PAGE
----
Most of the 12th-century building was pulled down, leaving only the chancel, and a new church in Victorian Gothic style was built on Stockbridge High Street. Reports show that the townsfolk played an active part in transferring monuments, paintings, window frames, corbels, and other pieces of carved stonework from the old church to the new site. People brought their wheelbarrows and trundled down the High street carrying pieces of medieval masonry.
Dial 1 is on RHS of the double lancet window at the W end of the church. It is inverted, as is often the case with a relocated dial. The window is high enough to be awkward to photograph with only a phone to hand. There are 12 (13?) visible lines, each ending in a pock. Traces of others might be found with closer inspection or a decent photo. The style hole is relatively large, and the lines radiating from it are more or less evenly spaced rather than graduated.
ARG visited Stockbridge in May 1922. He recorded there is a style hole with a line above, and on each side of this four radiating lines. He added it is too high for a photo or for measurement. Which may explain his lower count of radials.
By complete chance, in walking away from Dial 1, I noticed a small but familiar design in the inside W face of a buttress L of the porch.
This simple dial is unusual in being a quadrant with a quarter-circle border, like a small fan. In relocation, it looks as if it was rotated 90º. It makes most sense that the close-cut double lines originally formed the noon-line and the others mark 3 and 6: an afternoon dial.
GRADE II* † Early C12 origins, C13 aisles, C14 chancel, C15 alterations, 1875 and 1882 restorations BLB. One of several attractive villages on or close to the River Test. Houghton is midway between Stockbridge (N) and Romsey (S). Exploring locally – especially Mottisfont – is well worthwhile (nice pubs as well). 51.0922 / -1.5139 / SU341326
The dial is located on a quoin stone on the nave E. of the porch and ‘crudely cut’BSS. There are 17 lines in all, some very eroded; and 3 pocks that are probably unrelated. The gnomon is of particular interest. For obvious reasons, discoveries of plausible remains of a gnomon are very scarce. BSS records (1994) that the stub of one was noted, the hole being otherwise filled. I did not notice the hint of a stub, and the photos suggest an intact mortar filling with a neatly rounded pock in the centre.
The dial is located low down on the SE. corner of the chancel. 4 lines, with the hole in the horizontal mortar line and filled. BSS records (1996) the dial as originally complete but with the right half replaced by another stone. The fact of a new quoin stone seems certain. The intriguing questions are what the dial might have looked like when complete; and whether the other half was used elsewhere on the exterior during any of the later additions and restorations.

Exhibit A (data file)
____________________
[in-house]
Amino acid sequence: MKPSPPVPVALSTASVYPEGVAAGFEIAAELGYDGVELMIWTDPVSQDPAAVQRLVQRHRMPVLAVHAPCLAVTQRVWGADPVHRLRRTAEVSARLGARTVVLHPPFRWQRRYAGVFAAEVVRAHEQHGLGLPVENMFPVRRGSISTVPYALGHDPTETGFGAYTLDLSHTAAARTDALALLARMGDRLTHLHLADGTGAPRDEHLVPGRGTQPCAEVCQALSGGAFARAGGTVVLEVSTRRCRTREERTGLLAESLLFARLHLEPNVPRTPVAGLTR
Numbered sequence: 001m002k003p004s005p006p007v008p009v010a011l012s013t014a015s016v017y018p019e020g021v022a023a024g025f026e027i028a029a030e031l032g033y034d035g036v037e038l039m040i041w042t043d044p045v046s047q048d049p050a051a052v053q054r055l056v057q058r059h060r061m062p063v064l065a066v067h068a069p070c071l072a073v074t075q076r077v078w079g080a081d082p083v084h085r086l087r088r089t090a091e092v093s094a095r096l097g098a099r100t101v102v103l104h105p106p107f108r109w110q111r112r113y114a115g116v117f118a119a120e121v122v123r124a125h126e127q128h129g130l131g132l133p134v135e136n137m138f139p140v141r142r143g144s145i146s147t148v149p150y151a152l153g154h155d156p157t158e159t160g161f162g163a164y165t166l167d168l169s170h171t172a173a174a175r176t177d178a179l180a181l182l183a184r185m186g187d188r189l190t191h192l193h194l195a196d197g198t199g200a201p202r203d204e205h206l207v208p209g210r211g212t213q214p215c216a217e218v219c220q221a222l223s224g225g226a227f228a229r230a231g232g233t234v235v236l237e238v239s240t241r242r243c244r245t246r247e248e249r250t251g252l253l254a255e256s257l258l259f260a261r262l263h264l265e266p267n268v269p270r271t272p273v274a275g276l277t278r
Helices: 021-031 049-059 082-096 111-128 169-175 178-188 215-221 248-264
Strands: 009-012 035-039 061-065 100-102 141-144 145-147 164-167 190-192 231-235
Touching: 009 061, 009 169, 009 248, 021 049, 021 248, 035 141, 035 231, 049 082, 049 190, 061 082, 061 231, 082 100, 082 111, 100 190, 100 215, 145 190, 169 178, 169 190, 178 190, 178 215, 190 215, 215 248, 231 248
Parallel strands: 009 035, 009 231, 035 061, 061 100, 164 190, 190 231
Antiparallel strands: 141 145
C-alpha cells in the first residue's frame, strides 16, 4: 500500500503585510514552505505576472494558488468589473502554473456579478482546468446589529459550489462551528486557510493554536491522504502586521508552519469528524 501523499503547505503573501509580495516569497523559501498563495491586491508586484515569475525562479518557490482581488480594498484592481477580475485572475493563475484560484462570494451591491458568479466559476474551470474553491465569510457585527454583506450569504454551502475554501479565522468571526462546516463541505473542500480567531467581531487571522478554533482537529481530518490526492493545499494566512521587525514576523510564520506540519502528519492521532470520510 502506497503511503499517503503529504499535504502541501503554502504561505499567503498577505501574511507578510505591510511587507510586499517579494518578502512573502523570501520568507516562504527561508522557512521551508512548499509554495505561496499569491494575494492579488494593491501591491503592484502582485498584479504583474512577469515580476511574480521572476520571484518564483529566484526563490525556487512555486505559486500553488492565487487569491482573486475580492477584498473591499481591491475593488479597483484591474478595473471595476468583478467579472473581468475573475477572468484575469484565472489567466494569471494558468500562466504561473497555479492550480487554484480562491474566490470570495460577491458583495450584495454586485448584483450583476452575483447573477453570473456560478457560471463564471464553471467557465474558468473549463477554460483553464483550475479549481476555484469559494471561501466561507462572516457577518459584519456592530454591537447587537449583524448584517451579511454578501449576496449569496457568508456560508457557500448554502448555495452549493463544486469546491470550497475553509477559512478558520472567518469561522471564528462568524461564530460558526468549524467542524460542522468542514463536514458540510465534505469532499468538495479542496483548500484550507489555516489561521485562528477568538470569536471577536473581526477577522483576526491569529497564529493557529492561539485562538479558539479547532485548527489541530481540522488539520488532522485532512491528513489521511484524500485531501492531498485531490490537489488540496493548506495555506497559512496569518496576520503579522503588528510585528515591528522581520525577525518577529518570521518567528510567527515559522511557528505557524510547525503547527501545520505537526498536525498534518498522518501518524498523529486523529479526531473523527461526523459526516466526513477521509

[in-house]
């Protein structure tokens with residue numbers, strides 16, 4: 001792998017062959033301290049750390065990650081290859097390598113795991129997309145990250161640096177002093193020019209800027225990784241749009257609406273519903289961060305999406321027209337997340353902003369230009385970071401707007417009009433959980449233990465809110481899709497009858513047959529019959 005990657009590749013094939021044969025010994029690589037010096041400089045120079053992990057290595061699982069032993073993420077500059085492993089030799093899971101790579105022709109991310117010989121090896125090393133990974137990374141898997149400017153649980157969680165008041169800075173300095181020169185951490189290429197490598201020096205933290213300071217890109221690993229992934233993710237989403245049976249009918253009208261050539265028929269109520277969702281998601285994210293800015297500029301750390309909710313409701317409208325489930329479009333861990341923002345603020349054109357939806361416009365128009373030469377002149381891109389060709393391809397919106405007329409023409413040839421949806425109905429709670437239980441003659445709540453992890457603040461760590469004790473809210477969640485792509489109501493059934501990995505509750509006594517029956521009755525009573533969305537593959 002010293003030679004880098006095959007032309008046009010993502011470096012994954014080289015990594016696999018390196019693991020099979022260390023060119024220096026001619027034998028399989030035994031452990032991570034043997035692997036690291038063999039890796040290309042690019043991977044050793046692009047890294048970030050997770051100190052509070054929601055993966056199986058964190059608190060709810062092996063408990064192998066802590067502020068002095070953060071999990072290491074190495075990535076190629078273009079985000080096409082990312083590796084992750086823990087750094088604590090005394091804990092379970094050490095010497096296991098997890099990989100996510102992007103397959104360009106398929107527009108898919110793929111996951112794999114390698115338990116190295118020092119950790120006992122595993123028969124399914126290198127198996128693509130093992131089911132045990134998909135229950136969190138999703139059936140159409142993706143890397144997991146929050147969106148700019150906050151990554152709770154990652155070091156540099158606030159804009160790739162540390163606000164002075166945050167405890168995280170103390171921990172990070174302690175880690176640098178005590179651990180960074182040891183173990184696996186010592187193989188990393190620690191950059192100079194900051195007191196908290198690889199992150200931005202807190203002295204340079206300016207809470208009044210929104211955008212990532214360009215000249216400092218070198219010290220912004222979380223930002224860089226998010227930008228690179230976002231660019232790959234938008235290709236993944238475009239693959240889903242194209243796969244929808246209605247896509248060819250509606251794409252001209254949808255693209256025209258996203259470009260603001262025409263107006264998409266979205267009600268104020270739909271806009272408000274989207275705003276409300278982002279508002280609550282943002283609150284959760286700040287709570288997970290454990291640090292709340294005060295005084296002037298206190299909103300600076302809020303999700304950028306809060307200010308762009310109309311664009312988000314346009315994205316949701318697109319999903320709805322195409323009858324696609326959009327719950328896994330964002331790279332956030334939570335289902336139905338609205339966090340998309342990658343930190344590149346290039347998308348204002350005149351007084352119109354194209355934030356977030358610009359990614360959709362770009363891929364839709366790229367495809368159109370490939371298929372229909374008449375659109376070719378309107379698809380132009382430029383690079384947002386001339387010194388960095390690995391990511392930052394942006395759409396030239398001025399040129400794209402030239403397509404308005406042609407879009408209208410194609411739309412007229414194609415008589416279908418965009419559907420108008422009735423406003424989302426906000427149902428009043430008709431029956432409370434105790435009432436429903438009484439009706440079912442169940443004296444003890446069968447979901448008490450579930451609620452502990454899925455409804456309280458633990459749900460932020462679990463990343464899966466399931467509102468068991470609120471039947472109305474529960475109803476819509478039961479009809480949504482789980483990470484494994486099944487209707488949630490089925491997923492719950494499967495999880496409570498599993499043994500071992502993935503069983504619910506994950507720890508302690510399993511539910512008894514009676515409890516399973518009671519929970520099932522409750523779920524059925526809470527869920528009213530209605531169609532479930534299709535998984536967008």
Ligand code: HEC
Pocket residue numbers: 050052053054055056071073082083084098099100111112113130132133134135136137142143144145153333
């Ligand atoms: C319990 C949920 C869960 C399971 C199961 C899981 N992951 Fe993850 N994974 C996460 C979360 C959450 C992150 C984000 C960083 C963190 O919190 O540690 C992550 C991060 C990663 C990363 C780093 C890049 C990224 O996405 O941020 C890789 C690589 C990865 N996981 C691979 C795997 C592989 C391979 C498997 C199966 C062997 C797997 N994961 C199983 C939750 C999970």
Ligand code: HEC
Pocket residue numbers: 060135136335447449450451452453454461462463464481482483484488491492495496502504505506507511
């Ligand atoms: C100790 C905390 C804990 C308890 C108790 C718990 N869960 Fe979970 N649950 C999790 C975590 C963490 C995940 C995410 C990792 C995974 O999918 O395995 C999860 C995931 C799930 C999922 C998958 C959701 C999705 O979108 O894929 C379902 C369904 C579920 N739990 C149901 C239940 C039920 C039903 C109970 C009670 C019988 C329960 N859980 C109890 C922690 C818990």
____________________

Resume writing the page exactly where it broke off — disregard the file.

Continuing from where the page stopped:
I checked dial 1 on a fleeting evening visit, and didn’t look for another. The BSS image below suggests that the upper L quadrant, the horizontal mortar line where the lines converge, and the hole at the intersection might be worth investigating when I am next passing.
GSS Category – Scratch Dial
All photos Keith Salvesen except Dial 2, BSS records
GRADE II* . C12, later expansion until decay by C19 rendered it ‘unfit for public worship‘. Radical action was taken and the church demolished leaving only the chancel. The ‘new church’ was built in contemporary style on the High Street. Much of the old church was transferred to the new one (including a dial stone, to be featured another time). The old church is still in use and much of interest remains including Elizabethan wall paintings, early bells, and a C13 (or C12?) font. Also a medieval oak door carbon-dated to 1354. 51.1131 / -1.4876 / SU359349
The church information leaflet notes ‘…a Mass Clock ca. 1214 on the door jamb of the west door’. However such a precise date is arrived at, this is a striking example of an early dial and a most unusual one in being set in an approximate rectangle rather than (if anything) a semi or complete circle. In Hants I know of one other, at Laverstoke.
The dial is set facing south among a selection of witch marks and graffiti scratched around the doorway. I counted 8 (possibly 9) lines rather haphazardly drawn and positioned ’round the clock’, with several pocks on the dial and its perimeter (also a dot pattern below). The noon line seems faintly to be extended. The style hole is filled. I wonder if it is unusual for such a very early dial to mark a full 24-hour cycle?
BSS gives the condition as fair and specifies 8 lines. Pocks are not noted. Comment: Repositioned?Irregular outline. Crudely cut or made. Cannot be classified. Unique shape.
Green ARG includes Stockbridge new church in his indispensable book of 1926 ‘Sundials – Incised Dials or Mass Clocks’. He visited in May 1922 and there is a detailed entry covering the dial stone removed from the old church and repositioned, inverted, high up at the W. end of the N. aisle. I will post about this dial in due course. However ARG makes no specific mention of visiting the old church, and there is no entry for it except in his concluding list of Hants dials.
NOTE: for a short summary of the Stockbridge churches & dials, see the entry on BRITAIN EXPRESS
GSS Category: Scratch Dial; Witch Mark; Church Graffiti